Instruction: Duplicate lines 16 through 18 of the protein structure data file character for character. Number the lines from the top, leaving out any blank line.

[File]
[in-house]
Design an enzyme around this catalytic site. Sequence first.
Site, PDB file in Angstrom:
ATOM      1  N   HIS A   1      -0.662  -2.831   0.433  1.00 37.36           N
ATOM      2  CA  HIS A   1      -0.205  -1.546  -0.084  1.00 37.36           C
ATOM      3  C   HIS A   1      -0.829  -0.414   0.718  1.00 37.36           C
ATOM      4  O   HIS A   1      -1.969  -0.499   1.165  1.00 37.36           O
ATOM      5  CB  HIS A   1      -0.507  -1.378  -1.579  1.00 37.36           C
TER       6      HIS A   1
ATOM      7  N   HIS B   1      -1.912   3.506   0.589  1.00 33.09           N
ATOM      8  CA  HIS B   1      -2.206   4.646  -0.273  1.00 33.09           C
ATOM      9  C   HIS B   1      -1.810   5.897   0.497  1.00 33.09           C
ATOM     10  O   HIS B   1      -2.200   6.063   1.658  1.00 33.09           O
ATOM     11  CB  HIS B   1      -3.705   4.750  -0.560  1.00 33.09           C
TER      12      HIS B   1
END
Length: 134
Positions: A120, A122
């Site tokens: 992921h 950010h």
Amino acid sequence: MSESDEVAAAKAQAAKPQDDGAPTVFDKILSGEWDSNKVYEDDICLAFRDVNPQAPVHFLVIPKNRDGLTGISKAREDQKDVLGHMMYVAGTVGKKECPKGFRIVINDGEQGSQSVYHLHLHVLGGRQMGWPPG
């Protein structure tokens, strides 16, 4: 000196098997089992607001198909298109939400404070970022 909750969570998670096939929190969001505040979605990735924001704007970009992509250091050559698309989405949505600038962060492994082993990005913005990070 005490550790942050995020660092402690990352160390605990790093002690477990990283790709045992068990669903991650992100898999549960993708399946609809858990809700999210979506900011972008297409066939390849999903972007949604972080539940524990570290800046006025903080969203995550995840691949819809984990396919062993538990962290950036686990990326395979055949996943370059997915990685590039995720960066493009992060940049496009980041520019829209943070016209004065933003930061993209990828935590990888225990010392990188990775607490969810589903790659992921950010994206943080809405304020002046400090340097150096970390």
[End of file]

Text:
END
Length: 134
Positions: A120, A122